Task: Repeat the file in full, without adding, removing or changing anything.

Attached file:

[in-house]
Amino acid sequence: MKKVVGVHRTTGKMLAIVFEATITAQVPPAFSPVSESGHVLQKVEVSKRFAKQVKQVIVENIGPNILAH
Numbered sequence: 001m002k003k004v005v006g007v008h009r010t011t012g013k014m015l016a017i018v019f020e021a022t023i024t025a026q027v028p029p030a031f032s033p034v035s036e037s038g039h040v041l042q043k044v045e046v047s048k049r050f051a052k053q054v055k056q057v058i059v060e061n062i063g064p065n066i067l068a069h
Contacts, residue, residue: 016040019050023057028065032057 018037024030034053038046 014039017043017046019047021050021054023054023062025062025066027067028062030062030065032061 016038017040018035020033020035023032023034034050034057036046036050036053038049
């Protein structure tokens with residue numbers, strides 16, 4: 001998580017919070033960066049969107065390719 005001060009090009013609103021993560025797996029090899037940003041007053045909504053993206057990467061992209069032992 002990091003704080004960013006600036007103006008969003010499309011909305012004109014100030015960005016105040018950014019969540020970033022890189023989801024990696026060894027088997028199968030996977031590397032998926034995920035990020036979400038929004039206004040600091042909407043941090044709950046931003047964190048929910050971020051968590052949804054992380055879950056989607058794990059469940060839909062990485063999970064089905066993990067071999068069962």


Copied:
[in-house]
Amino acid sequence: MKKVVGVHRTTGKMLAIVFEATITAQVPPAFSPVSESGHVLQKVEVSKRFAKQVKQVIVENIGPNILAH
Numbered sequence: 001m002k003k004v005v006g007v008h009r010t011t012g013k014m015l016a017i018v019f020e021a022t023i024t025a026q027v028p029p030a031f032s033p034v035s036e037s038g039h040v041l042q043k044v045e046v047s048k049r050f051a052k053q054v055k056q057v058i059v060e061n062i063g064p065n066i067l068a069h
Contacts, residue, residue: 016040019050023057028065032057 018037024030034053038046 014039017043017046019047021050021054023054023062025062025066027067028062030062030065032061 016038017040018035020033020035023032023034034050034057036046036050036053038049
């Protein structure tokens with residue numbers, strides 16, 4: 001998580017919070033960066049969107065390719 005001060009090009013609103021993560025797996029090899037940003041007053045909504053993206057990467061992209069032992 002990091003704080004960013006600036007103006008969003010499309011909305012004109014100030015960005016105040018950014019969540020970033022890189023989801024990696026060894027088997028199968030996977031590397032998926034995920035990020036979400038929004039206004040600091042909407043941090044709950046931003047964190048929910050971020051968590052949804054992380055879950056989607058794990059469940060839909062990485063999970064089905066993990067071999068069962």